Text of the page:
02 September 2015

2015 Topps Star Wars 3D Widevision: Revenge of the Sith Boxed Set

Topps recently released a boxed set called Star Wars 3D Widevision: Revenge of the Sith. They released a similar set for Return of the Jedi last year, but I missed out on that one. I really should get on eBay and get the base set for that one, since most of them were busted just to get at the hits. I had planned to buy a box, but on the day I went to order mine it was already sold out. That was not the case with Revenge of the Sith, probably in part because the autograph list is much weaker in this set and the prequel trilogy is not as popular among fans.

The print run on the set is limited to 2,000, with my box being numbered # 0273 / 2000. I wonder if mine was really the 273rd box sold, or if they just grab a random box off the stack when they ship out? It seemed to take forever from the time my set shipped to the time it hit my doorstep, but that is always the case with Topps. It seems like FedEx tries to scan packages in every state between the origin and the destination. Although I hate it while it is happening, it can be kind of a good thing. In my experience the anticipation of opening a hit-heavy product like this is often a lot better than the actual opening of the box. When the box is unopened there could be anything inside, and so you can dream big. Once it's open you know what you got, whether it's good or bad, and you can't really repackage that Christmas morning feeling you get when you haven't yet cracked the seal on some new wax. 

The box itself is pretty fancy, with a big Darth Vader embossed on the lid. The production value on this is pretty nice, encouraging you to keep the whole package together.

When you open the box you are greeted by the first card in the set. The cards have a ridged plastic texture that helps to cause the 3D effect you can see when viewing the cards in-hand.

Looking at the stack from the side reveals that the hit cards are in the middle of the stack. Each boxed set promises 2 hits, which are made up of one sketch plus another hit which can be Medallion cards, Sketch Medallion cards, Autographs, Patch cards, or another sketch. I can see by the lack of a thicker card that I did not get a Medallion, Sketch Medallion, or Patch card.

The base cards feature scenes from the film in a 3D format. They are similar to any 3D card set you've seen in the last 40 years, with the ridged plastic and layered images. I've always liked R2-D2 and C-3PO. Their interactions with each other and the other characters in the films really add a lot to the story. My kids are almost as obsessed with LEGO as I am, and General Grievous is a favorite because his LEGO kit has so many lightsabers in it. Those are prized pieces, and my kids fight over them all the time.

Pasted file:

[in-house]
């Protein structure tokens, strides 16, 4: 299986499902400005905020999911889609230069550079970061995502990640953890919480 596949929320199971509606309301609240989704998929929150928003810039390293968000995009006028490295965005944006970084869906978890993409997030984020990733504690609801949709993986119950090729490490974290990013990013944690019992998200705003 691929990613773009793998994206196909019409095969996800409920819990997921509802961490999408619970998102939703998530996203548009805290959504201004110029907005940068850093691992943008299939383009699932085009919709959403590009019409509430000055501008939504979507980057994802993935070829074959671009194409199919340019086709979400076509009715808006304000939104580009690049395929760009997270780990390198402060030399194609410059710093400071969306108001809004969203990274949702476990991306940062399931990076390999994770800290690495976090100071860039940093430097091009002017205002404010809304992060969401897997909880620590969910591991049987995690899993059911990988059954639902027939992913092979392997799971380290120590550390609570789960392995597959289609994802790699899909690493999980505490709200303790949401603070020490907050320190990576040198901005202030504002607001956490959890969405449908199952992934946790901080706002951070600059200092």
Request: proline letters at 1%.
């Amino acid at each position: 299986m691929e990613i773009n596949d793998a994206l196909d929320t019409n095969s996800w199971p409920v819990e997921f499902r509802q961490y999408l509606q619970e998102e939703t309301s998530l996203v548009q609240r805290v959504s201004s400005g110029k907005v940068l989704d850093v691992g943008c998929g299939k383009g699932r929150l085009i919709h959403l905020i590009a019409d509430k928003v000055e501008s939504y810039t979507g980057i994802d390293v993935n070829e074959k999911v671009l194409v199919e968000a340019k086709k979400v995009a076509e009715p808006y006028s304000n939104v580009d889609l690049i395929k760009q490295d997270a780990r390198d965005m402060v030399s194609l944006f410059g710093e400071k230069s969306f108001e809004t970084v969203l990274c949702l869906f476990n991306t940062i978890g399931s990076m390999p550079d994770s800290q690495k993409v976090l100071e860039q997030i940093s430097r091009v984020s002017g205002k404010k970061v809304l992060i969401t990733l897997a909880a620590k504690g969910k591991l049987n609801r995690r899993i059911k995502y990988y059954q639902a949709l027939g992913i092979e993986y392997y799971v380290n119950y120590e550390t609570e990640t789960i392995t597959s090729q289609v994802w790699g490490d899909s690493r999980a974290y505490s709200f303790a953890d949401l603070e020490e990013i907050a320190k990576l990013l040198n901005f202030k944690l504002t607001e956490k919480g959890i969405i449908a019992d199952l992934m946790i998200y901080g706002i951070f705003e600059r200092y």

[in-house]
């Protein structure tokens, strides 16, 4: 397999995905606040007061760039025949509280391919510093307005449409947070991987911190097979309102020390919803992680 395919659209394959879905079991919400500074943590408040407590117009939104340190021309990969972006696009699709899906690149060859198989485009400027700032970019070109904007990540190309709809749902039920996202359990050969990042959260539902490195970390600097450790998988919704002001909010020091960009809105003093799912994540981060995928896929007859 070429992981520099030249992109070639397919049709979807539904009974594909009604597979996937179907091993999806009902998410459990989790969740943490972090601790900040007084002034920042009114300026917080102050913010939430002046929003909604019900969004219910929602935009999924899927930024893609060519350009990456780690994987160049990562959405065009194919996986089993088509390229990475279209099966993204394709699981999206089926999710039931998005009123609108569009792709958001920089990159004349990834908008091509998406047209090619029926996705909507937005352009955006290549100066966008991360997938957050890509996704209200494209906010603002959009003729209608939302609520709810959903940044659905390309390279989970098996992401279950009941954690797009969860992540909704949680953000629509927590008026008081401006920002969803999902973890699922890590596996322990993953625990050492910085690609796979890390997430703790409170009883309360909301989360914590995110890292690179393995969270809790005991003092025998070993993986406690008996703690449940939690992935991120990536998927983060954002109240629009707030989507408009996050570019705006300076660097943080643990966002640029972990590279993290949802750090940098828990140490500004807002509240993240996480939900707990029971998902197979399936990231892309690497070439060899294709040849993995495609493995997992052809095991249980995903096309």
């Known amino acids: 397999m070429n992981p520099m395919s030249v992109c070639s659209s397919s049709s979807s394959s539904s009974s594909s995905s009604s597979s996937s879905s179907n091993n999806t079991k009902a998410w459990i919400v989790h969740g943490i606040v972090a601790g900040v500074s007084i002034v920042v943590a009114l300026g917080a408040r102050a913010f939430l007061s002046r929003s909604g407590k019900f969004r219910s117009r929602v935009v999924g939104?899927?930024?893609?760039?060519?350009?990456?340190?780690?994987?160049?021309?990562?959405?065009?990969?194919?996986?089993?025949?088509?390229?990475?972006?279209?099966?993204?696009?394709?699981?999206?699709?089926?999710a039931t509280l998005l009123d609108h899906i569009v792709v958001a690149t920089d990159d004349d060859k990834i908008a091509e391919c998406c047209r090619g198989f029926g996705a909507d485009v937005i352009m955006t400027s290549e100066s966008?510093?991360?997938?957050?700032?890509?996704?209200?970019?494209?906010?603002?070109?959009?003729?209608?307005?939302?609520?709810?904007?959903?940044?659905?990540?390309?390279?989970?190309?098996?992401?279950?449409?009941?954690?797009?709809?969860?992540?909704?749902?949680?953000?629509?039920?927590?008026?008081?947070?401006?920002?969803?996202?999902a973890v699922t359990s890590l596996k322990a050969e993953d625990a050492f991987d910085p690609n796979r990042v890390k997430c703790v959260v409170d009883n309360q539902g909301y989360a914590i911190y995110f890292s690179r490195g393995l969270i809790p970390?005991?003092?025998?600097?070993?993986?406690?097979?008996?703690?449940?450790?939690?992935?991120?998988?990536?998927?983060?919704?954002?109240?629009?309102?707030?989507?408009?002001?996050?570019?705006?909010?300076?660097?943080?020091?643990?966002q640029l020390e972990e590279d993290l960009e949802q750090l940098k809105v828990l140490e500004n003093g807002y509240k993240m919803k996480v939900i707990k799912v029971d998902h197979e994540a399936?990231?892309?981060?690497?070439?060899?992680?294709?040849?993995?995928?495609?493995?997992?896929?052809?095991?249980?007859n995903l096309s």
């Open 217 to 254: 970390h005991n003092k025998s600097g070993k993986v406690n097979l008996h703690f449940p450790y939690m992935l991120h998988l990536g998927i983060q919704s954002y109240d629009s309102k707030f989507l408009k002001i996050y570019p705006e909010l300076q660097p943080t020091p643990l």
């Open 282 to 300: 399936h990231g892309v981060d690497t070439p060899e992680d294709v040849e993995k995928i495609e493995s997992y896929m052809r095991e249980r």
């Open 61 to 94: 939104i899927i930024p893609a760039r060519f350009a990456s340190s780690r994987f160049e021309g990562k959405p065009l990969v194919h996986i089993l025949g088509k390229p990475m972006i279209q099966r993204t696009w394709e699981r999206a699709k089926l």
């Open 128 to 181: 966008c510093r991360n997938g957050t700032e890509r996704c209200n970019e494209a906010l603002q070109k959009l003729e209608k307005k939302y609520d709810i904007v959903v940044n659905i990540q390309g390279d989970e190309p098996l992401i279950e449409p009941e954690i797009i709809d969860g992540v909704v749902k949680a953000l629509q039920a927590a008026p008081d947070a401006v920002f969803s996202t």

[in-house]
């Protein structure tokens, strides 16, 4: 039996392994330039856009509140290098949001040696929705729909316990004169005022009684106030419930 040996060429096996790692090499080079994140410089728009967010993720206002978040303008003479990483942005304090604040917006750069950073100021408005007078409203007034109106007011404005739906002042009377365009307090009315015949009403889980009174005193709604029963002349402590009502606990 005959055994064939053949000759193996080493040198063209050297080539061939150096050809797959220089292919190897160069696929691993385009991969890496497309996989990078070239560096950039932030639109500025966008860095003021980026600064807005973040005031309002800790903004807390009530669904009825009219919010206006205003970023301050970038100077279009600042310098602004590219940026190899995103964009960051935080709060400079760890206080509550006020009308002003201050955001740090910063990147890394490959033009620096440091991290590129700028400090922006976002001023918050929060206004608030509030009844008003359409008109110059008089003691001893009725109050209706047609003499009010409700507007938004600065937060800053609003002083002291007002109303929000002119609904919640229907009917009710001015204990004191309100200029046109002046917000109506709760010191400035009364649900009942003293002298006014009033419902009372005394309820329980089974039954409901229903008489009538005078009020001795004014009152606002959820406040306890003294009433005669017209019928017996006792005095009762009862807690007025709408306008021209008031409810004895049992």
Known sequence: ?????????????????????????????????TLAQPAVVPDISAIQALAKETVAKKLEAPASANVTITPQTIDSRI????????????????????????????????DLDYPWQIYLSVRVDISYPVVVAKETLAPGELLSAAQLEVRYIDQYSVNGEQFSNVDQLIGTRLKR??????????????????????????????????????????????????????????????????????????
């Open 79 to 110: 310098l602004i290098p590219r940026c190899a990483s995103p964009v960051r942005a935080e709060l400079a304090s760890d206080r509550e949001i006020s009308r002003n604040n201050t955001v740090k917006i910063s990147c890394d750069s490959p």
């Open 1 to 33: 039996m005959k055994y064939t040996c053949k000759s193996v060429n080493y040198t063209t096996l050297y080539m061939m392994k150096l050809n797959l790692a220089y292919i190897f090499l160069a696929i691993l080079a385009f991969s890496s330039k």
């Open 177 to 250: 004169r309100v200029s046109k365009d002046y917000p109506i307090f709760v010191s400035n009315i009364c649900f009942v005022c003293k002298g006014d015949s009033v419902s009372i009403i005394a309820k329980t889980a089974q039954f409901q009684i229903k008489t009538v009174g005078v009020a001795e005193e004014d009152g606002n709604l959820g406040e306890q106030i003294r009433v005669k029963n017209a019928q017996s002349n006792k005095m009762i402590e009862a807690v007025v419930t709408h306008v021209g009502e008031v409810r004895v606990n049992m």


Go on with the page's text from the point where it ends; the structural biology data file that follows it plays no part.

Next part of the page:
The card backs on these are actually pretty decent. The main text box describes the scene on the front while offering a different photo from the scene depicted on the card. The right side of the card features a photo of a character from the film, and a little Movie Fact text box gives a nice little factoid about something related to the filming of the movie. There are several of these that I hadn't heard before, so that was a nice addition.

The base set has 44 cards in it, or one for every predictable line of dialogue in the film. Just kidding, you guys. I don't know why 44 was chosen as the magic number, but that's how many cards there are. I had to include some pictures of the main characters in the film, though. Anakin and Padme have the most wooden relationship this side of Edward and Bella, but I don't think the prequels were really as bad as people say they were. You just have to watch them with the right mindset.

Honestly, once Anakin killed those kids I was pretty well done with him. Darth Vader lost a lot of points with me with that little escapade. Even though I am trying to be kind to these films, it is kind of funny to me that they had a dialogue coach on set. Imagine what it would have been like without coaching!

One nifty little inclusion was this promo card for the upcoming Star Wars film, The Force Awakens. I had already seen this card in the digital Star Wars card trading app, but it's fun to have a physical copy of it as well. And now, the hits:

Not having a Patch or Medallion card meant that my second hit would be an autograph or a second sketch. It turned out to be an autograph of Nina Fallon, who is one of the actresses who played Jedi Stass Allie in the movie. Nina mostly works as a visual effects coordinator behind the scenes, but she was called on to play Stass Allie for her death scene, which takes up about five seconds of screen time. The shot shown here on the card is pretty much the only time you see her clearly. She's got an okay signature, though, and the sticker doesn't stand out too much from the rest of the card. Autographs were supposedly packed about 1 in 4 boxes, so this is an okay hit. I like it better than a patch or medallion manu-relic.